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Comment: Re:Metromile Automotive Insurance (Score 1) 343

by adisakp (#47425813) Attached to: Here Comes the Panopticon: Insurance Companies
They do things like limit the number of miles per day. So you're charged per mile but the maximum number of miles is capped in a single day. This means if you do a road trip where you do a lot of driving in a single day, your insurance won't suddenly go through the roof. This only works if they collect mileage data per day. But they also collect other info like speed and braking which could determine whether or not you're at fault in an accident (and if you're not at fault, could possibly help you?).

Comment: Re:"Rare talents"?! (Score 1) 534

by Millennium (#47423603) Attached to: Normal Humans Effectively Excluded From Developing Software

You seem to imply that programming is, at its core, a relatively small set of simple and easily-grasped concepts, but I can't say I've ever found compelling evidence that this is actually the case. Could you please list these basic skills that are so easy to master? I'm afraid I have to ask for a thorough list.

Comment: Re:Global warming is only the start (Score 0) 252

Oil a'int fossil in origin. The Russians know that, and have capitalized magnificently on technologies that exploit this. This is actually the REAL story behind the Donetsk basin.

False scarcity is a wealth creator and a method of social control. UAE will be destroyed not by petrochemical scarcity, but by its comparative plenitude.

Comment: Re:Life on Mars? (Score 0) 252

No one will EVER live in a permanent space colony. Sorry.

This fantasy was promoted in an age where achieving terrestrial dominance through orbital trajectory of warheads was under intense and competitive development. It did its job.

Rockwell rode on the tail-end of this era, for the final boondoggle of the US Shuttle Program, in the 1970's. You won't see anything like that again.

Comment: Re:Probable cause (Score 1) 211

There is still an instrument for guiding one's evaluation of claims and conundrums: Cui Bono?

In matters of human affairs, it is generally less erring than application of Occam's razor.

"Someone" is interested in getting you to think that the biggest potential for catastrophe, in your daily life and for your way of living, is impending Muslim ideological violence. They wish you to believe an absurdity.

What group or party benefits from this? Why have they chosen this from other possible alternatives? What other possible real threats and risks are diverted from attention by this condition?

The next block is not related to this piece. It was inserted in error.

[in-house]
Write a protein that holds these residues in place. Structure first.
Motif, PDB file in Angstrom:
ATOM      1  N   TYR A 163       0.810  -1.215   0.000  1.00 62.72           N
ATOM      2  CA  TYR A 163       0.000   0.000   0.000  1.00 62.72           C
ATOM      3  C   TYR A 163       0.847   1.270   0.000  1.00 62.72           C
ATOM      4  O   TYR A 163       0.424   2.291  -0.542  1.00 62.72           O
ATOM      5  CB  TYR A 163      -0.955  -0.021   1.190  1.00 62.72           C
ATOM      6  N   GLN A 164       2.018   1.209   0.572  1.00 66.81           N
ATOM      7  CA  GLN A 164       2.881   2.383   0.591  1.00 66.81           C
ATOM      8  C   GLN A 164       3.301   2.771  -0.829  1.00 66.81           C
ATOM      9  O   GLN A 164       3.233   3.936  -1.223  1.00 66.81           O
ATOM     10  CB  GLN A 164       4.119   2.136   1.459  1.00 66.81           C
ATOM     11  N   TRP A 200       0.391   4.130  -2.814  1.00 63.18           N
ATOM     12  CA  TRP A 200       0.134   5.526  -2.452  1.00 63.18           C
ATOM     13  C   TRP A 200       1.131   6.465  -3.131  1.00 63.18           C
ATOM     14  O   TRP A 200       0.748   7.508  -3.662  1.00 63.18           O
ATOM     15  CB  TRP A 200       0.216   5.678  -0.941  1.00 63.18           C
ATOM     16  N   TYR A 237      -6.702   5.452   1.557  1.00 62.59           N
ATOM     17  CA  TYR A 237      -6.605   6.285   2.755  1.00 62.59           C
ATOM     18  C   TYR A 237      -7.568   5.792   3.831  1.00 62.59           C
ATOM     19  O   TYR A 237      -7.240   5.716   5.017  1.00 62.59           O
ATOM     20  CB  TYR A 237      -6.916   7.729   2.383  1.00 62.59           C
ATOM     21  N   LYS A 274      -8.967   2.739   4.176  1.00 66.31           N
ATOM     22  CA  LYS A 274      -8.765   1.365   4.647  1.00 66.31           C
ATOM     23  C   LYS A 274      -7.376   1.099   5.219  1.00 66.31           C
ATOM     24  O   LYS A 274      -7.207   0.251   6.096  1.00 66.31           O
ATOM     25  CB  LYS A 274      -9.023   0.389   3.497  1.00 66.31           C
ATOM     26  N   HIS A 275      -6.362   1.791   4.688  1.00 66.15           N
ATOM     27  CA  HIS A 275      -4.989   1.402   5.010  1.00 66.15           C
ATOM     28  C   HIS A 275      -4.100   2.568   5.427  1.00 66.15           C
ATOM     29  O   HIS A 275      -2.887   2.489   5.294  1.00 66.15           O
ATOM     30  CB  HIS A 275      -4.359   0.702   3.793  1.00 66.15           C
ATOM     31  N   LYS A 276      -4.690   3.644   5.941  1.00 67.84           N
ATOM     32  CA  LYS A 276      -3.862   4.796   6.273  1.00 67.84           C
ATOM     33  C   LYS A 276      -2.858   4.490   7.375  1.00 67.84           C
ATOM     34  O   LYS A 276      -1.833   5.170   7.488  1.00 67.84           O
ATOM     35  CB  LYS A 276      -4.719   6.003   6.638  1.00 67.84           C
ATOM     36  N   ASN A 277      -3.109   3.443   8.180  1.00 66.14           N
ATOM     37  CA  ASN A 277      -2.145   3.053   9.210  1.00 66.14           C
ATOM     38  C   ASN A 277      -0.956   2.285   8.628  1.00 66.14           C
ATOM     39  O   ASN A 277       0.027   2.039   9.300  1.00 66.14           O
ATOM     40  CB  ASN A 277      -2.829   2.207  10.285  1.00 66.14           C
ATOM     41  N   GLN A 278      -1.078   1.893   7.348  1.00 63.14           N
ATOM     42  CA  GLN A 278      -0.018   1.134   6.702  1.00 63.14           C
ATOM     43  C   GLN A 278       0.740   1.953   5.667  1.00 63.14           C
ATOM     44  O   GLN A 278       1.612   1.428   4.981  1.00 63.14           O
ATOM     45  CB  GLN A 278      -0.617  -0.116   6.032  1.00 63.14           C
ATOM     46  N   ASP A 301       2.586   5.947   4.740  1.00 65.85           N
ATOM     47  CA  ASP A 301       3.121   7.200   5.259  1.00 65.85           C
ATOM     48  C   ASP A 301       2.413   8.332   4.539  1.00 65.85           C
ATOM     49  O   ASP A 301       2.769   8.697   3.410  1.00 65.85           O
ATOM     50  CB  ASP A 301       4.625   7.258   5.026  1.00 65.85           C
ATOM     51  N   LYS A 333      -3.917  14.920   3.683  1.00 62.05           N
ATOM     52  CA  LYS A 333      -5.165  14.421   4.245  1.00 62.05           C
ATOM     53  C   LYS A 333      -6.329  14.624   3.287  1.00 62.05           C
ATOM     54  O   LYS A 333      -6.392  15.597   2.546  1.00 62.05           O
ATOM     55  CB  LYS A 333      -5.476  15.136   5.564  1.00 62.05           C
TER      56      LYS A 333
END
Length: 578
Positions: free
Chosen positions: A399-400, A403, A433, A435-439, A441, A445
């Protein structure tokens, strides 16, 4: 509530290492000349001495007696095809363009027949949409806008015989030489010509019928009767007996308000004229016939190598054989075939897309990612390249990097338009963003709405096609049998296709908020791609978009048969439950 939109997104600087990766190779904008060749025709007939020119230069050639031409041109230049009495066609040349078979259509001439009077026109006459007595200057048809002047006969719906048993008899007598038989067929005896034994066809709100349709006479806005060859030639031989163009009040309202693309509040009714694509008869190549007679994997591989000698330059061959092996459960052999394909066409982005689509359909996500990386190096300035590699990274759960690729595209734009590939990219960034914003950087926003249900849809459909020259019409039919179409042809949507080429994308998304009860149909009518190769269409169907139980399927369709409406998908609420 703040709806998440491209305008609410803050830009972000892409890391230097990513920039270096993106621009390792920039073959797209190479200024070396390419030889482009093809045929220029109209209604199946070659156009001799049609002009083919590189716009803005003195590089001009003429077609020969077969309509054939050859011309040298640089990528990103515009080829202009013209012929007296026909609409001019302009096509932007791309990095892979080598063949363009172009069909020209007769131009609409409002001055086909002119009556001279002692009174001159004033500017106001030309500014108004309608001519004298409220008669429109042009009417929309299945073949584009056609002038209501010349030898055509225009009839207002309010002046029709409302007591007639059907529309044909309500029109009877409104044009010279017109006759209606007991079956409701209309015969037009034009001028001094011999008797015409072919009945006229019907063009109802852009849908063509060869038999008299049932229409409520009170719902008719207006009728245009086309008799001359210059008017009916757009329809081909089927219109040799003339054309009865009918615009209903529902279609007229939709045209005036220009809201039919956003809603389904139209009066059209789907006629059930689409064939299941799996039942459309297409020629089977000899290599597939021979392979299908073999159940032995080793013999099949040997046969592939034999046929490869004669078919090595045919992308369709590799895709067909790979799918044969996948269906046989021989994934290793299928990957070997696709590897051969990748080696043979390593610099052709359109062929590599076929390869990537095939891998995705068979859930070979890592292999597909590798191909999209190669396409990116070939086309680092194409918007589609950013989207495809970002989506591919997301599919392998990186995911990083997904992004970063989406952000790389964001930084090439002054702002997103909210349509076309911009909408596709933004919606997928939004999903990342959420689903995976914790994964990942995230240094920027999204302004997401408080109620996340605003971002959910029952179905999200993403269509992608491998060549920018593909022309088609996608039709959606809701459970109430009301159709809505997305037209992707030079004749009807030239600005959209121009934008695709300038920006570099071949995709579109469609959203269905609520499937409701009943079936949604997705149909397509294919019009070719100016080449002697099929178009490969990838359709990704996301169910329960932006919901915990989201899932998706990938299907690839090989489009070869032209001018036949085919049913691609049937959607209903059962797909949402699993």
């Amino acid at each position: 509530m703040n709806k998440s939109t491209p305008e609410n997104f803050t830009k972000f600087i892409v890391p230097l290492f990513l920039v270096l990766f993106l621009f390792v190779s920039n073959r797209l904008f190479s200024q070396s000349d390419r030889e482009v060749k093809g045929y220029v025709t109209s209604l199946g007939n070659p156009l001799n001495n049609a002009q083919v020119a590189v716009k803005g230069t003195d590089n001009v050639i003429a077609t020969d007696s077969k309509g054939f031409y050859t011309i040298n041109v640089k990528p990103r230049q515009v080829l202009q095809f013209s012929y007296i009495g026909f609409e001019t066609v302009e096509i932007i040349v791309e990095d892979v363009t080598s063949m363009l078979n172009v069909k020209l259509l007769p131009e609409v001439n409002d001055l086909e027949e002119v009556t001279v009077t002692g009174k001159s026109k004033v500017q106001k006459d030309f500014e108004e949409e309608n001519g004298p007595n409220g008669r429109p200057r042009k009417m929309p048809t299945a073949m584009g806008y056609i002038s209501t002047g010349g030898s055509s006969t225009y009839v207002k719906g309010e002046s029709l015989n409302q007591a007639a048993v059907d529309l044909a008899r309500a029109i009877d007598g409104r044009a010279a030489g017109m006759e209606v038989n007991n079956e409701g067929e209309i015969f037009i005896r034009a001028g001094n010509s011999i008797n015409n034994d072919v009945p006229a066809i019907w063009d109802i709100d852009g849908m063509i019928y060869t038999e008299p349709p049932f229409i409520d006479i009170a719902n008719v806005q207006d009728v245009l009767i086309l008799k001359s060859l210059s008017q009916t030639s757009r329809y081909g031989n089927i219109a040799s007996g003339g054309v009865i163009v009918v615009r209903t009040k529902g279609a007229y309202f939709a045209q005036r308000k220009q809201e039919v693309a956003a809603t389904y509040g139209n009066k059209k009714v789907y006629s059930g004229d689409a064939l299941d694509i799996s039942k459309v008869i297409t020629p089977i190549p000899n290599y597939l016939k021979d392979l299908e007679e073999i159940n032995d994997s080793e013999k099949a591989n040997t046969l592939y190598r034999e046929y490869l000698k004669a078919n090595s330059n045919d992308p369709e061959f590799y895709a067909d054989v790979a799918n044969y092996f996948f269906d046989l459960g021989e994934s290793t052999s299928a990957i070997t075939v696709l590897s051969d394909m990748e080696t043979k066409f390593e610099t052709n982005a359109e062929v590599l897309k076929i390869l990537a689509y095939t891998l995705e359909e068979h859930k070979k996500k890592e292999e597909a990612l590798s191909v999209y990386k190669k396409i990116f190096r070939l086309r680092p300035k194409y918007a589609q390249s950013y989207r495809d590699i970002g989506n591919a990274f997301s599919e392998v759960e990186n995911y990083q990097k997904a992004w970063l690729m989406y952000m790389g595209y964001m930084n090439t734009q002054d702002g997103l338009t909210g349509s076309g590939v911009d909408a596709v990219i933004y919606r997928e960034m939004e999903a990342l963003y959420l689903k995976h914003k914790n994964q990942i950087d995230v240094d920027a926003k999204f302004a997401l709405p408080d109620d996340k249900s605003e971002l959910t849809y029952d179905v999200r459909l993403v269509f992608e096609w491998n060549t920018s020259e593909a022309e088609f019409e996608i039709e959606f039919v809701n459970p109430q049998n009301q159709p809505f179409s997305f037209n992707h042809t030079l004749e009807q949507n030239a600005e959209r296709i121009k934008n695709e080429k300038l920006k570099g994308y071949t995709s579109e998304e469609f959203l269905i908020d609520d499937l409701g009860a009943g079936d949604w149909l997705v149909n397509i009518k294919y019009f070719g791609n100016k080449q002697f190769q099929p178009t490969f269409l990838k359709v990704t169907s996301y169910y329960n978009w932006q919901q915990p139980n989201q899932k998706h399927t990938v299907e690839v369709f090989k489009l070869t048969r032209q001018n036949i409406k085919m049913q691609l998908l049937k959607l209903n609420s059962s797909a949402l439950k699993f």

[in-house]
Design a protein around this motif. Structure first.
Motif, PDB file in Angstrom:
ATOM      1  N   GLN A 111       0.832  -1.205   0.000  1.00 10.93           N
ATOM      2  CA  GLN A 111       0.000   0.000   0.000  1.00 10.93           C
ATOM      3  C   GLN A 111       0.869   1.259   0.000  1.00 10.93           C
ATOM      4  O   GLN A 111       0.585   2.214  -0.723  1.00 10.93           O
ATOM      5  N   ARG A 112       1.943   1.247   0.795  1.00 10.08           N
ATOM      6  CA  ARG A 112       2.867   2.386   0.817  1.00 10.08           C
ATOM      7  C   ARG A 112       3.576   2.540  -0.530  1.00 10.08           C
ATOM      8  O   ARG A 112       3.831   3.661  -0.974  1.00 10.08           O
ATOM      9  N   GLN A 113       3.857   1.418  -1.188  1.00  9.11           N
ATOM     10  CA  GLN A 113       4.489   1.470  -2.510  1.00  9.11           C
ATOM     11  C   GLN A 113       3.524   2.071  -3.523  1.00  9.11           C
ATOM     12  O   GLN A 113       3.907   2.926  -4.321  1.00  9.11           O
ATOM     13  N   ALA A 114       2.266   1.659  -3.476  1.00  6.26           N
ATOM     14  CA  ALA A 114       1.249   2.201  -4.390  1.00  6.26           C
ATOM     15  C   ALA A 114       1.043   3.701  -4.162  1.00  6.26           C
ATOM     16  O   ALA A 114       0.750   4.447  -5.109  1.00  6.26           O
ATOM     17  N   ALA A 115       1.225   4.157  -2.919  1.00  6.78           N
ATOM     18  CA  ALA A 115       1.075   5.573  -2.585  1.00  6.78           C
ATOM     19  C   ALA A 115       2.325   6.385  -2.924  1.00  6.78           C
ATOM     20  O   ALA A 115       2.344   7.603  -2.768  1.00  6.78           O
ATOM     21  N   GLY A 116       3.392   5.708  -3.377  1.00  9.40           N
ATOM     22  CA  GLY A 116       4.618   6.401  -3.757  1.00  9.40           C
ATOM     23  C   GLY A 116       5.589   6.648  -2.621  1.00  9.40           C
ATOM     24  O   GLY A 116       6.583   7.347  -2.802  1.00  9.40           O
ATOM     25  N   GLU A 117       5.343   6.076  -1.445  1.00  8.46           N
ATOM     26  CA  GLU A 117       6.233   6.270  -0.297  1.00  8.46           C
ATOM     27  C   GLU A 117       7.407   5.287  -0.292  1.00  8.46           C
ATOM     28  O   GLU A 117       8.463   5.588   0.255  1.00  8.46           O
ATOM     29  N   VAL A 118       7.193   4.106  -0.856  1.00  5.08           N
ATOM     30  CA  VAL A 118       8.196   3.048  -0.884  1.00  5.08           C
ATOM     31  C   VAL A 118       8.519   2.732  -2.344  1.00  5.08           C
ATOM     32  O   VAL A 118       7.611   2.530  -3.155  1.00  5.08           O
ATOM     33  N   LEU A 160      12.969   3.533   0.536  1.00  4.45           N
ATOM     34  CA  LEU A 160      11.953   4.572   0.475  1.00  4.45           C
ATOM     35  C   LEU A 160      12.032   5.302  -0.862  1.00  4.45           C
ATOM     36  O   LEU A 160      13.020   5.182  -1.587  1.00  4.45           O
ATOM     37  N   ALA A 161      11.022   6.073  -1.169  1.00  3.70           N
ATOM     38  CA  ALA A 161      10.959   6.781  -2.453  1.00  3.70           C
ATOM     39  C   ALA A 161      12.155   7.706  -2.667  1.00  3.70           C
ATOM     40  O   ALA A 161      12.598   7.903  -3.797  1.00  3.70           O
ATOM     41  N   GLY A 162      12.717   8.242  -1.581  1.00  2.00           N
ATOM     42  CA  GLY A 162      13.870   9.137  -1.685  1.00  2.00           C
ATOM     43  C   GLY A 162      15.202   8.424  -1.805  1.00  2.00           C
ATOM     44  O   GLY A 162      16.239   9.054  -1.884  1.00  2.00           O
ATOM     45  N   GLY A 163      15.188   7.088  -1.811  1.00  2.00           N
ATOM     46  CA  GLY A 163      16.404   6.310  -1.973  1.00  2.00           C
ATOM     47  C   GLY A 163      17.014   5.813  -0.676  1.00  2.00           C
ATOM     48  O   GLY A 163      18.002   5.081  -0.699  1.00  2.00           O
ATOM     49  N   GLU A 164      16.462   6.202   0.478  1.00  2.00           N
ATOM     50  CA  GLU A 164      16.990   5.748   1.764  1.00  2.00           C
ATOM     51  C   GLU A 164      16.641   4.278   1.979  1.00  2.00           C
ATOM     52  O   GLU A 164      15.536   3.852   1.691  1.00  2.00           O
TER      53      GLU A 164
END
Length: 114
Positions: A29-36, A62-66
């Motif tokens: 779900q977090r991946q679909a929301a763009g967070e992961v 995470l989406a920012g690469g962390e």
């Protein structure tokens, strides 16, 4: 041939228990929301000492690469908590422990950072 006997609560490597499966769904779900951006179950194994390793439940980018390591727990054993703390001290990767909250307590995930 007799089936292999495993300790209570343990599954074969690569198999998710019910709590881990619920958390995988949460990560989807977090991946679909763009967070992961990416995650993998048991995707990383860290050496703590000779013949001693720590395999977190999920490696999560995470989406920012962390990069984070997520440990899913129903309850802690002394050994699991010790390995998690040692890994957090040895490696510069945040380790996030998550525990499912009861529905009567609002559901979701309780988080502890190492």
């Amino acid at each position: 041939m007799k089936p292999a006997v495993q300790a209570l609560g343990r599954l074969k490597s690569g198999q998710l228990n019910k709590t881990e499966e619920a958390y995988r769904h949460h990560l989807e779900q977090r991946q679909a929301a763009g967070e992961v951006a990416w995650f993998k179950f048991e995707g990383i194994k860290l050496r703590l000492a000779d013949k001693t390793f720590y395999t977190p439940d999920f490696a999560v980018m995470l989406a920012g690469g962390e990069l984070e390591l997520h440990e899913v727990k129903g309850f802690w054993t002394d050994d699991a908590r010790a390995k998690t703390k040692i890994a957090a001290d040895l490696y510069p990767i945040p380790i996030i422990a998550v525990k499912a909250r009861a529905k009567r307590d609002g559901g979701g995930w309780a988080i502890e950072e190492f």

Those are the basic questions for the truly inquisitive, not those merely questioning from a habit of personality.

Comment: Re:Probable cause (Score 2) 211

OK. To de-escalate, and in the interest of trying an educational dialogue, I will attempt to clarify what appears to be an assumption in the posting to which I responded.

You mention "taqiyya" as a point of doctrine, or an approved mode for action, by those who profess a "witnessing" of Islam ("tashud").

This is in most was incorrect. Certainly, it is misleading, as a generalization. Al-Taqiyya is usually translated as "dissimulation". There are numerous arguments about the permissibility of this specific shading of deceit or "lying" in the history of Islamic discourse. The most common, and widely known usage was for Shi'ite partisans of 'Ali and his descendants, immediately in the time of their political schism. This was during the lifetimes of the original 3 Imams. The purpose thereof was defensive - used to deflect persecution or compulsion by "Sunni" adherents.

It is important to note this: In the first few centuries, Shi'a were a political distinction for legitimate leadership of the 'Ummah or community. Doctrinally there was not a separate school of theology or jurisprudence. Thusly, the term "Sunni" as a contrasting group is often a more modern anachronism when applied to the period - up to about the time of Jaffar Al-Siddiq, or so... "Shi'a" of that time - and indeed probably today - consider themselves to be following in the "Sunnah" of the prophet.

All of this aside, dissimulation is a means to defensively avoid harm and persecution, without giving up or rejecting articles of belief. This is true of Shi'a or of Sunni jurisprudence. There is no corresponding school of thinking that has authorized Al-Taqiyya for means of "deception" versus "dissimulation" in pursuing acts of war or other hostility.

There is in fact another term "Al-Makr" for "deception" that relates to concealment of intention. There are a number of debates about the use of this term in the Q'ran, as applied to God. Most of that discussion is quasi-theological for political ends and beyond the scope of discussion here. Let us only say that the message of the book is roughly "Those who try to trick God, have in the end only tricked themselves - for God is master over all things, including their trickery." Parse as you will.

Let us conclude that Al-Makr, as a doctrine to promote the faith, is haram.

To suggest that the existence of Al-Taqiyya provides a doctrinal basis under which one may make generalized assumptions about the threatening character of any Muslim believer is ignorant or provocative, at the least.

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